Friday, February 13, 2009

Day 25 - Kumis at a local dive*

*This post was updated with photos and additional info after adoption

Here's another entry to add to the culinary experience file. There are two things that I came to Kazakhstan for. To adopt our daughter, and to try kumis. Kumis is a local drink that is made by fermenting mare's milk. Neigh. It's mildly alcoholic (only 3% alcohol content) but not enough to get you too giddy. Well, I suppose if you drank enough of it.

We saw bottles of it in the grocery store, but Oxana said it isn't as good as what we could find else where. She claimed that the restaurant across the street would have the best we could easily find. The only way to get real good kumis this time of year would be to drive out to a place in the steppe (boondocks) and it would take too long. We decided it'd be better to try out the restaurant. Then she mentioned it's a place that they don't usually take tourists. Ok, now we're interested.

The restaurant we were going to was pretty hometown. Locals eat there often and there really isn't much on the menu that we would be familiar with. Think Callies Café (for you Utahns) or Harry's Lunch (Westminster-ites) or Mel's Diner (kiss my grits!) This meant that we HAD to go now. We aren't the type who'd pass up a great cultural experience like this.

The inside was nice but very cold. No one must want the heat on I guess. No English menus (surprise) but Natasha (our coordinator) and Oxana both joined us. So Jamie ordered some perogie like thingys and I got two of these large pastries filled with a meat, cabbage, and onion mixture, kind of like a greasy calzone. We ordered our kumis and waited patiently for our meal.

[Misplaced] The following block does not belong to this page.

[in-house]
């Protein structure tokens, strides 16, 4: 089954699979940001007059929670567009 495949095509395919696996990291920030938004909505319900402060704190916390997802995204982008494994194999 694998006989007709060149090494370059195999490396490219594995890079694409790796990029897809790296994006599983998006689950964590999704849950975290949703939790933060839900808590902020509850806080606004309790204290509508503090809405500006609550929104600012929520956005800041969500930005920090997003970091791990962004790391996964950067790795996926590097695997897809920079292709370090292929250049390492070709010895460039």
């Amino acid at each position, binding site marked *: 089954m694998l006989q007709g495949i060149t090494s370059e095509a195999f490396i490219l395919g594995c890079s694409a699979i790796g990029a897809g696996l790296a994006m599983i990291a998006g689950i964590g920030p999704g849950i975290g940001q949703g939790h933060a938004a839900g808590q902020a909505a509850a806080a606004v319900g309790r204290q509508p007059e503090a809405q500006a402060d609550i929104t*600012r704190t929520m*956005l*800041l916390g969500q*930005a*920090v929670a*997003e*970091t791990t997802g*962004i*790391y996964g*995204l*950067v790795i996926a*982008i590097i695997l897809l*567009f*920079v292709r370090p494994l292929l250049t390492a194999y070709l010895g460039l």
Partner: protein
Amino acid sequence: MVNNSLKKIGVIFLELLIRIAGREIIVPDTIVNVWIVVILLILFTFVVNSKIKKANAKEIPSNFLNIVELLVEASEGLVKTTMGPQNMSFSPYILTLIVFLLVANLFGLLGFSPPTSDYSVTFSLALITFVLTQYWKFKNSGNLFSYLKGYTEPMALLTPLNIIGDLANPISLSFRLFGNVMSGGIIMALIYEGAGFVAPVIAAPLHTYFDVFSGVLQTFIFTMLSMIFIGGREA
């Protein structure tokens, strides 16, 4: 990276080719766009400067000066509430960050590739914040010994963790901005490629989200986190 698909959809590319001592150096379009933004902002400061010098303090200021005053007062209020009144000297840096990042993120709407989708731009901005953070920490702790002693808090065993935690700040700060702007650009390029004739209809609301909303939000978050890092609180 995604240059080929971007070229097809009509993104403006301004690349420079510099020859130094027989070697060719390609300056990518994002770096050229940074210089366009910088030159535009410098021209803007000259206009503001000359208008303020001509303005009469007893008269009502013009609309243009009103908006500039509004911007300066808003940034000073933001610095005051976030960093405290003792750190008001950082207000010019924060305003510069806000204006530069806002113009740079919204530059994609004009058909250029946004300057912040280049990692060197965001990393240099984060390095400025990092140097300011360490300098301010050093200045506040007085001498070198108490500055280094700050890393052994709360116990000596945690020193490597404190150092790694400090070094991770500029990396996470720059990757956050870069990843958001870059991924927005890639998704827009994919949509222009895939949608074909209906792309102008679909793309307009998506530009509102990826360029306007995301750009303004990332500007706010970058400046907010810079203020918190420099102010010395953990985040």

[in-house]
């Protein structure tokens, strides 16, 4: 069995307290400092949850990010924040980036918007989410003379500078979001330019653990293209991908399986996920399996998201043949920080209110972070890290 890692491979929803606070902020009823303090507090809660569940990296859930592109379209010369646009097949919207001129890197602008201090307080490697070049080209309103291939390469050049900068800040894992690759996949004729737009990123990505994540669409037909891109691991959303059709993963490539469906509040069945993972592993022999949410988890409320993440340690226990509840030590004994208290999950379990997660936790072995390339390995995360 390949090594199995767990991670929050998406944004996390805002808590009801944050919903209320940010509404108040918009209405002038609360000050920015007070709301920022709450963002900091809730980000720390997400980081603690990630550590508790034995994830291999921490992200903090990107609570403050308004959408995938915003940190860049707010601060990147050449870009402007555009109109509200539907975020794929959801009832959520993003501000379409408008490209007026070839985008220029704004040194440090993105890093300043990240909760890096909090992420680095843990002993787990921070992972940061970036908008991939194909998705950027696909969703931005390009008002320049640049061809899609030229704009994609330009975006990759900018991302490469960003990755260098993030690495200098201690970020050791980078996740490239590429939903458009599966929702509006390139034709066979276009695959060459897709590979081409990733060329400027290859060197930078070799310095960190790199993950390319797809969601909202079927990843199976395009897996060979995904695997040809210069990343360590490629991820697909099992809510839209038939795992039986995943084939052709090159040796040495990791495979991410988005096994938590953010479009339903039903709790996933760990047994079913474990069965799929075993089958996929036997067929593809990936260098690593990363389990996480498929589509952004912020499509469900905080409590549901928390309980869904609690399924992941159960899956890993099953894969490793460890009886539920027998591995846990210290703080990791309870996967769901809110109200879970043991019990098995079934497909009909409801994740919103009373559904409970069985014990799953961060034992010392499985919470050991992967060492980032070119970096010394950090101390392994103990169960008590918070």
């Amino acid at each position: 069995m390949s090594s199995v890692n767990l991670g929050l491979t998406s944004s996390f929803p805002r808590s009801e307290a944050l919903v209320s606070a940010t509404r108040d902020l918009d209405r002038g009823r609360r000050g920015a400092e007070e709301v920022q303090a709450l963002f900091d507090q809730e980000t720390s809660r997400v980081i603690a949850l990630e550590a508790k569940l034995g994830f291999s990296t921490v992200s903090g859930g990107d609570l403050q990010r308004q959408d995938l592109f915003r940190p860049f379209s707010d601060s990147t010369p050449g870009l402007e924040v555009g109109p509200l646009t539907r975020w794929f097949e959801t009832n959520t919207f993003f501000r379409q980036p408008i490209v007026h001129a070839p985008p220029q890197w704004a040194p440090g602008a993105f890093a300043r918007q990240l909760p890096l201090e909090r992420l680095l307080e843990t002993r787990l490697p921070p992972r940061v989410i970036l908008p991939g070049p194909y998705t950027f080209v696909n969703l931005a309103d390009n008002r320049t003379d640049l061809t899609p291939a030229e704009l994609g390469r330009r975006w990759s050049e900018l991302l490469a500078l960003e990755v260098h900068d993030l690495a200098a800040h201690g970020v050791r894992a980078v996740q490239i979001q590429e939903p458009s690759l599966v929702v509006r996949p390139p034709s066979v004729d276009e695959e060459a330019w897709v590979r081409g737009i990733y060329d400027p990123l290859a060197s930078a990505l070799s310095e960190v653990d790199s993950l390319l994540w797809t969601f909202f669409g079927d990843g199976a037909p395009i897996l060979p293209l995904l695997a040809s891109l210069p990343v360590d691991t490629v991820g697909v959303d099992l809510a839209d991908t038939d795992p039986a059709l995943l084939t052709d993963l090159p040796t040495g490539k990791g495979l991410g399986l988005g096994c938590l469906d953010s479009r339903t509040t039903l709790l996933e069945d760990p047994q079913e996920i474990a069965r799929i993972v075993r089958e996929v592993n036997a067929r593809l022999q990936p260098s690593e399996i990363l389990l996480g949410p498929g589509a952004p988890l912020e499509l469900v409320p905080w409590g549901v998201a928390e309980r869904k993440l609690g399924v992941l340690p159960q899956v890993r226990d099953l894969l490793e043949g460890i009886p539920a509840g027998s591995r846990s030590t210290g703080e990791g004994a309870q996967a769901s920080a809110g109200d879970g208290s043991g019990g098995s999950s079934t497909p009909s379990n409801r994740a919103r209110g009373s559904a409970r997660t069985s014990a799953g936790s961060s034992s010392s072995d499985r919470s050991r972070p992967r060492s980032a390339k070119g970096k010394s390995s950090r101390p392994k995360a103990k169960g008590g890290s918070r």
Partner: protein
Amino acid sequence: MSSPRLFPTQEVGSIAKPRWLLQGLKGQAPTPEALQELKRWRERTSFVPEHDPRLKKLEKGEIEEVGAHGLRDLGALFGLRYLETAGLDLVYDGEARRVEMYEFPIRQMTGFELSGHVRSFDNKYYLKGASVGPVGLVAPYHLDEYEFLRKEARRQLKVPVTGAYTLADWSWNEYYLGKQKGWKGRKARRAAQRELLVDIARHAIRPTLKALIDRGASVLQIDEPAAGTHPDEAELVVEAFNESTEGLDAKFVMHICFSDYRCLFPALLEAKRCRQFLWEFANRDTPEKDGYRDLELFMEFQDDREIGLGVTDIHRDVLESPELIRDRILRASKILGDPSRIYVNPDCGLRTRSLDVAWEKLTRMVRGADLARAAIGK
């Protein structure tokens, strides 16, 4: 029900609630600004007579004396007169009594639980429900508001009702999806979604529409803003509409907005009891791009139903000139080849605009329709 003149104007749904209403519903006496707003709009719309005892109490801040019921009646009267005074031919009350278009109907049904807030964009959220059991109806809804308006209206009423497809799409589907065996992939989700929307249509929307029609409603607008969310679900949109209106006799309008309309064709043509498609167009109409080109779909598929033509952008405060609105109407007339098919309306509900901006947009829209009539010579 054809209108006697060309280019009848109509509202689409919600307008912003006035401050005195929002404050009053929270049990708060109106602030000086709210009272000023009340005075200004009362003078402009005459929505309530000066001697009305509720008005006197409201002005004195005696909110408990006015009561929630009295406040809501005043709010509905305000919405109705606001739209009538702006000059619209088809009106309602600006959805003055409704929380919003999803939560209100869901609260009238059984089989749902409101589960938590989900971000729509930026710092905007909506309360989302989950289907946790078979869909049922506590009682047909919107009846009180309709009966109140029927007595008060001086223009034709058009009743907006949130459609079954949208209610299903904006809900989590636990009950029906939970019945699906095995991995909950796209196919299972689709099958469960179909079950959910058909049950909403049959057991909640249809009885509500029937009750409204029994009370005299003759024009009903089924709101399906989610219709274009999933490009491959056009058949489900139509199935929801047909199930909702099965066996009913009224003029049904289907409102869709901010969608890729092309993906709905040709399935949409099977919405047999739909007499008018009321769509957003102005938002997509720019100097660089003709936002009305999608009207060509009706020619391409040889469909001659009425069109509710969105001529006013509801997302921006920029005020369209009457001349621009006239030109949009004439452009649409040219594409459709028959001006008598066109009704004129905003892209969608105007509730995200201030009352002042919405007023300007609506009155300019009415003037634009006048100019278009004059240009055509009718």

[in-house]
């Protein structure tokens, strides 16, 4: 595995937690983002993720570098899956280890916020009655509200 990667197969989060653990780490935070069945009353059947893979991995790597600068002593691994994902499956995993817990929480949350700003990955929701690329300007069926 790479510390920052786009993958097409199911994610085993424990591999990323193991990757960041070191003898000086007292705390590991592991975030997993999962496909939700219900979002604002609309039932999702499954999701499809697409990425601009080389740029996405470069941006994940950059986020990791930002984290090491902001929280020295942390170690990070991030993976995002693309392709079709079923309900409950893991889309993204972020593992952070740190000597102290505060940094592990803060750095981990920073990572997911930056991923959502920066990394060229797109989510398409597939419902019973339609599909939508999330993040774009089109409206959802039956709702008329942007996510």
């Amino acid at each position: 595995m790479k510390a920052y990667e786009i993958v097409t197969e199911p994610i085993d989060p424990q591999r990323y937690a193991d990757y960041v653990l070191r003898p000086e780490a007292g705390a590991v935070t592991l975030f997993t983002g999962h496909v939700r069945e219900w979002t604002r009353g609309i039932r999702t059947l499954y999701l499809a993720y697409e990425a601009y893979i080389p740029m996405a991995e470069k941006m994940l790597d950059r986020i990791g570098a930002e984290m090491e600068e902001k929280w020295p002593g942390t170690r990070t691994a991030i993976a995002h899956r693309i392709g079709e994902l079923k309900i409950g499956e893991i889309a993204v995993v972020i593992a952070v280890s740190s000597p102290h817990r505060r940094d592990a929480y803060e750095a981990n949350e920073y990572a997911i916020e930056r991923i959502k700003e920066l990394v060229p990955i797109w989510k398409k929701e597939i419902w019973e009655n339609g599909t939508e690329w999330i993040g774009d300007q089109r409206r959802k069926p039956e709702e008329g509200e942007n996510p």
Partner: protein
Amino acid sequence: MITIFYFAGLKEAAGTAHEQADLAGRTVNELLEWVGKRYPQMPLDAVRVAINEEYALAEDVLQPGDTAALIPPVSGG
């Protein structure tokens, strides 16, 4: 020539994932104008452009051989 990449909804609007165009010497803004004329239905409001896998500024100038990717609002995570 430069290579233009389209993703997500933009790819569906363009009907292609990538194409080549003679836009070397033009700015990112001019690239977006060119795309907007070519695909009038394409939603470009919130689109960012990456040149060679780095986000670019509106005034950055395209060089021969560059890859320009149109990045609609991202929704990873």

Our server returned and plunked a bottle on the table. It was just like the one at the grocery store! Well, we were in this far and there was no turning back now. We poured our bowls and readied ourselves to taste. Smell the bouquet, swirl to examine color, and take a tasting sip...

The smell reminded me of flowers on the roadside (when I was a kid I believe we referred to them as "skunk plants") and the color was a pleasant mother of pearl oyster white (great, now I'm thinking of seafood, that's a great sign). The first sip descended quite easily without trying to come back out, so I decided it was safe to take another. It rolled along the tongue in a pleasant and leisurely manner that allowed its full flavor to unveil itself. Quaffable... maybe a little young.

And really, it wasn't as bad as I thought it might be. It was like a runny sour yogurt soup with a just a smackering of buzzy fizzy to it. It wasn't nasty salty like the other stuff I tried (eww) and kind of had a pleasant finish to it. Texture wise it wasn't chunky like I expected it be, but rather smooth and mellow. It went well with my meat turnover (beef, maybe? Maybe not) but, I doubt I'll be bringing home any bottles to share with anyone. Jamie said she liked it too, but I think she preferred her cup of tea.

Jamie: Today we combined two new experiences for Sasha- stair climbing and shoes. Yeah, we like to live large. She's doing really well in her little boots and has gotten over her initially wobbliness. She climbed all 11 stairs three times today while holding our hands for stability - I bet that girl's going to sleep well tonight.

Prayer request: It's time to practice those court speeches! Our speeches have been written for about a week, but now it's time to get serious about memorizing them and being ready to present about ourselves in court. I know it sounds silly given all of the other big stuff going on, but please pray with us that we will be able to memorize our speeches and present about ourselves and our family in a compelling way.

1 comment:

Jessica and Chris said...

Well I will have to say that I feel like I have already tasted many of the things I was curious about. Your descriptions are so vivid! I feel like I am there! We are praying for court!


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